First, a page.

"I never cried," Becky replies, "I just thought…let's get to work."




Red Hawk Ranch

by Charlotte Caldwell



There are many reasons that people choose to live in the Texas Hill Country, Wimberley specifically. For the current owners of Red Hawk Ranch, it was the creeks and streams and rivers that drew them to these hills. When they descended the long sloping, winding driveway leading down to a complex of unique structures, set on thirty valley acres surrounded by trees, and fronted by quiet pools and a frothy fall of water on Lone Man Creek, they couldn't help but fall in love with the land they stood on.
Looking as if it is of the earth—the contemporary-rustic-adobe home above the creek is the color of the rocky cliff beyond. This pale, natural limestone gray is carried throughout the interior. The surprise pop of deep persimmon walls in the kitchen, with cabinets painted an avocado green, brings a bright playful note to the heart of the home. Artwork, both abstract and realistic, as well as accessories and linens, quietly echo these cheery colors in the dining room, master suite and guest bedroom.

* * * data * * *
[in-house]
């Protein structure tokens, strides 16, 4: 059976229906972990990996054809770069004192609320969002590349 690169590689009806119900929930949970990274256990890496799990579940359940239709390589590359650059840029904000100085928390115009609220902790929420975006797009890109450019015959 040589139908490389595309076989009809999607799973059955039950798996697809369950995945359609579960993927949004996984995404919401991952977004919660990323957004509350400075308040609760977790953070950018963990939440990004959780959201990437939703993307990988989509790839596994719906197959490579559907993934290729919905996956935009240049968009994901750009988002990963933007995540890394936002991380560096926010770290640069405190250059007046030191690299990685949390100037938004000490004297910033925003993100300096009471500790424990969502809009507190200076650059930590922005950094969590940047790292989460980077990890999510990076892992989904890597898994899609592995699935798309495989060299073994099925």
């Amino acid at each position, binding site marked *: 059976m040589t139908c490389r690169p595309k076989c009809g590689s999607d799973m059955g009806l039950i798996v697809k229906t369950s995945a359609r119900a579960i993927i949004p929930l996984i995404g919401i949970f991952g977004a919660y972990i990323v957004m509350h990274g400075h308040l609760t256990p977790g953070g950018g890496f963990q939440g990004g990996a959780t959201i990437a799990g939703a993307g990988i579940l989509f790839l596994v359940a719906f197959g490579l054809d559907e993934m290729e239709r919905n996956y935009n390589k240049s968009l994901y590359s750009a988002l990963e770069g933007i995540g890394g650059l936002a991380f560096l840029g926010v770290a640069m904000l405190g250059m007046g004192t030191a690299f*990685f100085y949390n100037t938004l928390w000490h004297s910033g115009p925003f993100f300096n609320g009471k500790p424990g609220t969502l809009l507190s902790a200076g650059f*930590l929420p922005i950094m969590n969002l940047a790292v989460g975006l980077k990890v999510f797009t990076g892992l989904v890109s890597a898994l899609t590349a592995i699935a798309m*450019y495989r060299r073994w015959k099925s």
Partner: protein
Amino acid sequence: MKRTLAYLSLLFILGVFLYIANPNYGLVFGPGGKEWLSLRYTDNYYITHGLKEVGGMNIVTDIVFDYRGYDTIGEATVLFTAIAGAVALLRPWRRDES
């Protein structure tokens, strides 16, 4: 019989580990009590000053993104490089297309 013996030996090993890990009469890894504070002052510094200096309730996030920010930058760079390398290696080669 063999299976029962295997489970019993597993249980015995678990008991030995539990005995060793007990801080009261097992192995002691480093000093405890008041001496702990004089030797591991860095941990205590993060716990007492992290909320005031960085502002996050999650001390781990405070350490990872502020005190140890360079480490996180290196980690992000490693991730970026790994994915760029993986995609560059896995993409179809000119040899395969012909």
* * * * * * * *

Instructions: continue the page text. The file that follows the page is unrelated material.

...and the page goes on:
Custom built in 2005 for the creative artist, Siri Hutcheson—and purchased with all furnishings in situ by the current owners—the stunning interior of Red Hawk Ranch is all about art and architectural elements…and doors turned into art.
New doors. Old doors. Inventive doors. Unique doors. Faux painted doors so realistic you have to look twice to realize they are not old. An 1800's era Dutch style farmhouse door from France. A former wine cellar door, painted white, flecked with gold and silver leaf and splashes of neutral shades of paint—with no door handle—and more; antique corbels, inventive door moldings.